Susan McCorkindale

Author. Editor. Autism Advocate.

Different But Alike

We’ve all got something that makes us different, thank God. Can you imagine a world of cookie cutter, Stepford people? Beam me up, Scotty, ’cause I’m not sticking around for that. But we all have things in common, too. I always wish we’d look for the common ground in dealing with people. And believe me, I’m not perfect. I remind myself constantly to do just that.

For example, my eldest has autism. I have anxiety. These are just two things that make us different. There are dozens of others. He remembers everything, I haven’t held a memory in my head for more than 20 seconds in years. I think. I can’t really recall. He’s incredible with computers, and digital thingies like getting Amazon Prime linked to our TV. It’s a miracle! There’s a beam , bringing cool shows and movies – like magic – into my little house! His focus is enviable. It should be patented and sold. We’d make millions. And then there’s me. My adult ADHD has me writing this, responding to work email, and Googling “best cameras for youTube” at the same time. Is it any wonder I’m always tired and he’s so chill?

We are different. And we are alike.

The other night over dinner, completely out of nowhere, he says to me, “You know what kind of days I like the best?” I said, nope. He said, “The days where I don’t spend any money!” I was floored. The kid’s a clotheshorse.

Casey at a recent D.C. united match. Clearly he spent a bunch of bucks that day!

The folks at Amazon and Hot Topic send him birthday cards, for Pete’s sake. But you know what? That’s my favorite kind of day, too. I had no idea we had this in common. We both love Tostitos, can’t add, can quote Tropic Thunder line for line (not something to brag about, but still), and more, so much more. But this new common ground cracked me up and comforted me. He’s not going to put himself – or me! – in the poor house! Praise the Lord!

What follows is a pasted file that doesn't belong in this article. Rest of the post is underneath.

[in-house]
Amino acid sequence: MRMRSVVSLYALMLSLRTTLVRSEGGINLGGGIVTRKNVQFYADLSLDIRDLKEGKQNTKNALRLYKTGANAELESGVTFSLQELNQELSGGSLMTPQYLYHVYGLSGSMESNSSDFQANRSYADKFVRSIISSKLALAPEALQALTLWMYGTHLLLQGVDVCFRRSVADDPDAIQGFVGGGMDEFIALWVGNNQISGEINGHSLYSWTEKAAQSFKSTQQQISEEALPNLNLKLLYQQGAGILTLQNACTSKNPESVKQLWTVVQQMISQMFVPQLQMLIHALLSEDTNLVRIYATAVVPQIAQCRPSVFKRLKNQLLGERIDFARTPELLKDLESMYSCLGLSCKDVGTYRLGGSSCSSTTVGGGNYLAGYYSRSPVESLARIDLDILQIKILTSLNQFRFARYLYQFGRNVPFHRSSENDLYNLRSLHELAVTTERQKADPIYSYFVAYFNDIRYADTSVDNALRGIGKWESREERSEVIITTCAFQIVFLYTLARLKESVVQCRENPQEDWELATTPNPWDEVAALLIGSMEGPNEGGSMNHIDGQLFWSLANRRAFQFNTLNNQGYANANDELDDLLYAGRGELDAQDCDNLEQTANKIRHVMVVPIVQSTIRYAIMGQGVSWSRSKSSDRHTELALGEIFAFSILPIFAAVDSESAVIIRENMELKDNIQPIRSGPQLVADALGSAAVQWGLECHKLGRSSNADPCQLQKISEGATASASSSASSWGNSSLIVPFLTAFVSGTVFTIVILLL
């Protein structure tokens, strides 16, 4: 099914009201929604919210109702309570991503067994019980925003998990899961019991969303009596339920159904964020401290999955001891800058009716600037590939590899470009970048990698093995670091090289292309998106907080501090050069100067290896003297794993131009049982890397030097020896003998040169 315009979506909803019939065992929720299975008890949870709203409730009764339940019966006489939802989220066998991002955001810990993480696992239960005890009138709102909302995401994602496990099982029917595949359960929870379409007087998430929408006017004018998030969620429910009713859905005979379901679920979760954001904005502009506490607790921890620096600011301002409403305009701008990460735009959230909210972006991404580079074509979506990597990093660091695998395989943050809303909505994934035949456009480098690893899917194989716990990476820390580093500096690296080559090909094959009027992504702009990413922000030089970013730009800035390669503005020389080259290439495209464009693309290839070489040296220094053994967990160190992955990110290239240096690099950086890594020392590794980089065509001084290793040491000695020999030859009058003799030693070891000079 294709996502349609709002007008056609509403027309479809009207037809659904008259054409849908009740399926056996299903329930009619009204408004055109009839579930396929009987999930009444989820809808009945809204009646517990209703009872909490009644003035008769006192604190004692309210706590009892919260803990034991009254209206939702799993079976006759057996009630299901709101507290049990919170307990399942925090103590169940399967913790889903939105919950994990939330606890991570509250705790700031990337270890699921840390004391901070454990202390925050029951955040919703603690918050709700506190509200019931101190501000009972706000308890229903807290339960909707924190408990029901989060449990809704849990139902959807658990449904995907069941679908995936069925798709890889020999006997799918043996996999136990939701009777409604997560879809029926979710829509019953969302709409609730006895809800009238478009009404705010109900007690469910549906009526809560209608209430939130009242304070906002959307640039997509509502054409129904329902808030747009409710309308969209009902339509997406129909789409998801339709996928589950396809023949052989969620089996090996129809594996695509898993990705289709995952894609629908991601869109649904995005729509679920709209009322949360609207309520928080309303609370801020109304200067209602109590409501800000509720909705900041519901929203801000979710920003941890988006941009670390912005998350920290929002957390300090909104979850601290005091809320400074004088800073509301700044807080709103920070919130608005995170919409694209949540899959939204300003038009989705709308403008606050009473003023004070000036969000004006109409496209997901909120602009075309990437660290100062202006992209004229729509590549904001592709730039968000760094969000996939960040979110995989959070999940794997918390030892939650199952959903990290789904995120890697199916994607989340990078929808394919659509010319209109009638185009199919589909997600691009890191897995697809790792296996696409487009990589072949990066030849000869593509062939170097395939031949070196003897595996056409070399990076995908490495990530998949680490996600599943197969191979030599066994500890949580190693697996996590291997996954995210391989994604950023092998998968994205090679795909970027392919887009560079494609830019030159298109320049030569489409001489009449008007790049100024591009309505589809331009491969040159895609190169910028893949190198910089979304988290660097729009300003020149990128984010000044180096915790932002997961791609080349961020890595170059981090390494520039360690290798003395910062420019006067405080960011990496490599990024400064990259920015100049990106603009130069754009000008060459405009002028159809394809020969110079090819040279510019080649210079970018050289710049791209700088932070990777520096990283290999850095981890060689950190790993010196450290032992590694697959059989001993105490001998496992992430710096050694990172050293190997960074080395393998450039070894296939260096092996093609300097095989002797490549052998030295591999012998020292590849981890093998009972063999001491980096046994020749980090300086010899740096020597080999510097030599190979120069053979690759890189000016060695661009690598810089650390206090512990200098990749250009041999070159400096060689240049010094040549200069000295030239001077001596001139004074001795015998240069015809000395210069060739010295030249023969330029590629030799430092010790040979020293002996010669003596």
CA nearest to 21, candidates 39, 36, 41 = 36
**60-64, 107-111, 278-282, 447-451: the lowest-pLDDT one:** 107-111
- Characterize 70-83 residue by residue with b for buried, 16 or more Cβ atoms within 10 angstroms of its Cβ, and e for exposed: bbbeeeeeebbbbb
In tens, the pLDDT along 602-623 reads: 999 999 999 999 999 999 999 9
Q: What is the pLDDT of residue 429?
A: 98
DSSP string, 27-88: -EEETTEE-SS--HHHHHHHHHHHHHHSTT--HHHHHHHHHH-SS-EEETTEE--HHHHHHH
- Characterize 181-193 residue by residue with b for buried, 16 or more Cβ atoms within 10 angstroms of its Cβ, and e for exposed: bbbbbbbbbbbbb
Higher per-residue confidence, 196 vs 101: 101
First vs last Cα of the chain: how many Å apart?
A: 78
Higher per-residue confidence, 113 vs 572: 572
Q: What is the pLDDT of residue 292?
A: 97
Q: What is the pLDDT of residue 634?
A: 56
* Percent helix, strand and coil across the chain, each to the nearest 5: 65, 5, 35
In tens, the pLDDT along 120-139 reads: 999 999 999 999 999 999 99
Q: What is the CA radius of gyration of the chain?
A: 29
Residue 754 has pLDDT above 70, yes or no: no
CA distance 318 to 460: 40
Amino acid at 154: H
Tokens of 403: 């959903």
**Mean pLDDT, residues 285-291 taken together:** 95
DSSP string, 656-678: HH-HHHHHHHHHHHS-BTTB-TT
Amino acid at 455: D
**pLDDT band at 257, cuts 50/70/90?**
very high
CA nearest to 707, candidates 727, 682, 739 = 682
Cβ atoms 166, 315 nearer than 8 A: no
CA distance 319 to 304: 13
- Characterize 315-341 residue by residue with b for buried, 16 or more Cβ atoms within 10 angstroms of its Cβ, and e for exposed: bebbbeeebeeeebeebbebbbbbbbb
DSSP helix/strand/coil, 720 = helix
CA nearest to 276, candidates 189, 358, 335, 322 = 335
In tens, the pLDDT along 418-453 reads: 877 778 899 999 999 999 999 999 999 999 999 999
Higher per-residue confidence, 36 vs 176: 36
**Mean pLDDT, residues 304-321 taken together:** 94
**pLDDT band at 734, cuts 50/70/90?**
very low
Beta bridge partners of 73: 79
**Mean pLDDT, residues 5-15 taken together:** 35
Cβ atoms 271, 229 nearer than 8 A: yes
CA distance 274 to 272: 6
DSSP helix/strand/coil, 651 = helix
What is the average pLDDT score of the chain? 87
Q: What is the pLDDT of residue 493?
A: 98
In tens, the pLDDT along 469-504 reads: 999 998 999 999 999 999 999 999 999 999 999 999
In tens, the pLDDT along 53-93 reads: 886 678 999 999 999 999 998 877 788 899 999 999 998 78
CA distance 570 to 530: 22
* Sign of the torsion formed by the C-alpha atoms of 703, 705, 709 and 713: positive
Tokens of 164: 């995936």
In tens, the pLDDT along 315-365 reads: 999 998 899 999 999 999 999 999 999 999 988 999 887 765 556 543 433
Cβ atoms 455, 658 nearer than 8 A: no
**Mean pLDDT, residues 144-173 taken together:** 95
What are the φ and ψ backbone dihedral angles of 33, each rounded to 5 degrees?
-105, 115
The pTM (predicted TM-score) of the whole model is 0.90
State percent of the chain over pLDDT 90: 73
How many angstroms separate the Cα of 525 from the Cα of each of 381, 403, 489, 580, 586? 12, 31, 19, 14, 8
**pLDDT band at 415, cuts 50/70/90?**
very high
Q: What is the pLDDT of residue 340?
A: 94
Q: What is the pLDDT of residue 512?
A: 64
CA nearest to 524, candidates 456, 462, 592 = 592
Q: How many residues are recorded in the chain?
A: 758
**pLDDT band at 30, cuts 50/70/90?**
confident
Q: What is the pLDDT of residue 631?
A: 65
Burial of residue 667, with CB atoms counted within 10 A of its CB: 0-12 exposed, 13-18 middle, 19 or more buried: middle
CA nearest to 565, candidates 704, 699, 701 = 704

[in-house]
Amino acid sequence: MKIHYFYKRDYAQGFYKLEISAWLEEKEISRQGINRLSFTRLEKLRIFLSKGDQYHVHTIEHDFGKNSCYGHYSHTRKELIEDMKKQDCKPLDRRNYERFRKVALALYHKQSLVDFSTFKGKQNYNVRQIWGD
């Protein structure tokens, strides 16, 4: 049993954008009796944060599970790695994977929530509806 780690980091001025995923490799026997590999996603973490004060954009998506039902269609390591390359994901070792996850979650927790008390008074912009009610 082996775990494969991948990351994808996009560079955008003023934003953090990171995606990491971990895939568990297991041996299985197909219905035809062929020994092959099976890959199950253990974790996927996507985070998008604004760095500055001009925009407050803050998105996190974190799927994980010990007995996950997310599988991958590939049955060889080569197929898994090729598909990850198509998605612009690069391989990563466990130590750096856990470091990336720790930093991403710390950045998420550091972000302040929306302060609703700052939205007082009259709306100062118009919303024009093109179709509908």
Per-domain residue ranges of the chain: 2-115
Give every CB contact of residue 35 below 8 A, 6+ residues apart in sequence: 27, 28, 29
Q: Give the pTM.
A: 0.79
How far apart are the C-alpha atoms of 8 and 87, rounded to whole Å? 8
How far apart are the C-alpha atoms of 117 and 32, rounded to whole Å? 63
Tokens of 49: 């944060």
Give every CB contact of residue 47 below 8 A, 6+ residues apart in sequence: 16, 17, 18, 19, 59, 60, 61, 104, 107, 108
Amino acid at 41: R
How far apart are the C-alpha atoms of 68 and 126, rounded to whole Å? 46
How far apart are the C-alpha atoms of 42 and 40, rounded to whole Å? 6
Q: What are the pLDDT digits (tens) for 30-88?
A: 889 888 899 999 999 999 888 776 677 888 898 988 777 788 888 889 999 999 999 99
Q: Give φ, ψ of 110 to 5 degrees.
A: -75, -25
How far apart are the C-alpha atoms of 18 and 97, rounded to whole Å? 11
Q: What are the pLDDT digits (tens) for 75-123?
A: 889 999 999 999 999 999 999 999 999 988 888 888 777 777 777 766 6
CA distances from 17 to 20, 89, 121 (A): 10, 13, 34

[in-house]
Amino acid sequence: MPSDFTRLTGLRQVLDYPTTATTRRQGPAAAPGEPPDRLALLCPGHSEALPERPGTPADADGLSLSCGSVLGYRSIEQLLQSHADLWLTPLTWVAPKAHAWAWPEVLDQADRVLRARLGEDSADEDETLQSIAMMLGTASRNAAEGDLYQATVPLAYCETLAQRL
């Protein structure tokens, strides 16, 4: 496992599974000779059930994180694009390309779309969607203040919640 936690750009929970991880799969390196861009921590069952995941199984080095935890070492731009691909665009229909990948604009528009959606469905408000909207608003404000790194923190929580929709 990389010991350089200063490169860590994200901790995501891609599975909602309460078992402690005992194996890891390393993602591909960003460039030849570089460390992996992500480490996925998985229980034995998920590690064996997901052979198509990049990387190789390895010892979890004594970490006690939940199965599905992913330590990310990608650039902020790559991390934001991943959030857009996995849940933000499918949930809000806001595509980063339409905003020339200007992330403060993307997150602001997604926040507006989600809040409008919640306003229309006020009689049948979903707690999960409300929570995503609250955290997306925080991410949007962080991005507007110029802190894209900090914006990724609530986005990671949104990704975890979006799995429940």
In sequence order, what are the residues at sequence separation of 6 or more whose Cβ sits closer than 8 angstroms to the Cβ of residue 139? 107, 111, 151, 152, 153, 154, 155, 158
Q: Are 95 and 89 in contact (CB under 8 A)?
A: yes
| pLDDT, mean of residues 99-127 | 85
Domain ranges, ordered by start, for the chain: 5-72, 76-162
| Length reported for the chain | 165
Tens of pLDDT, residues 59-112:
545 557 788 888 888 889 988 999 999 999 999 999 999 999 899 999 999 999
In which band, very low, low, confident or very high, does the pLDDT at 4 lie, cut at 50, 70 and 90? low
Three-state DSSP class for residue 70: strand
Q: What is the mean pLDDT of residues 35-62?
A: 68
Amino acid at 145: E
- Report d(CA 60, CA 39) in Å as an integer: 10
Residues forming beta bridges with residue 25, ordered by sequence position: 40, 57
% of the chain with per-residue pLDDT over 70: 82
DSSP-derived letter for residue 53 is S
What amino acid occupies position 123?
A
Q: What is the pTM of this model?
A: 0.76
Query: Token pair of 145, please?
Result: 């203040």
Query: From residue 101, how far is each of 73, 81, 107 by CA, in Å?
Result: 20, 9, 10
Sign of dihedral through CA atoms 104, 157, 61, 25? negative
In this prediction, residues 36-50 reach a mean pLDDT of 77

More importantly it reminded me to see past his autism, and to push our conversations away from the countless soccer videos and Star Wars memes he wants to show me in lieu of talking. Those things are within his comfort zone but clearly, it’s expanding. I need to encourage it. Remind myself of all the common ground my kid and I share and reach for topics that pertain to them.

He is so much more than his autism. I am so much more than my anxiety. We are all so much more than we appear to be. We all need to reach for the common ground that connects us. It isn’t always easy. We may not always feel like making the effort. But when we do, it makes a world of difference. For us, for others. For the world.


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Extra Stuff!

My friend Meighan O’Toole of Stuff! Consignments in Gainesville has started a fun new series of events called Extra Stuff! and this coming Wednesday, September 19th, yours truly is the extra stuff. She’s hosting Ladies’ Night at Club Eclipse Restaurant (also in Gainesville) and I hope you’ll join me for it.

There’ll be food and drink specials (i.e. wine!), and I’m supposed to say a word or two. I’m also supposed to do that prior to enjoying a drink special but, well, we’ll see how that goes. (You want me to be thisclose to wine and deny myself some? What kind of savage are you???)

Call (ok, text) your friends and put Wednesday on your calendar. Meighan and Jason Flis, the owner of Club Eclipse, do so much to support our community and in this case they’re throwing their support behind Girls’ Night Out. Yes, that’s a cause. And it’s cause to kick up your heels (or just take the damn things off) and catch up with your girlfriends for a few hours. I hope you’ll join me!

Wednesday, September 19th, 7pm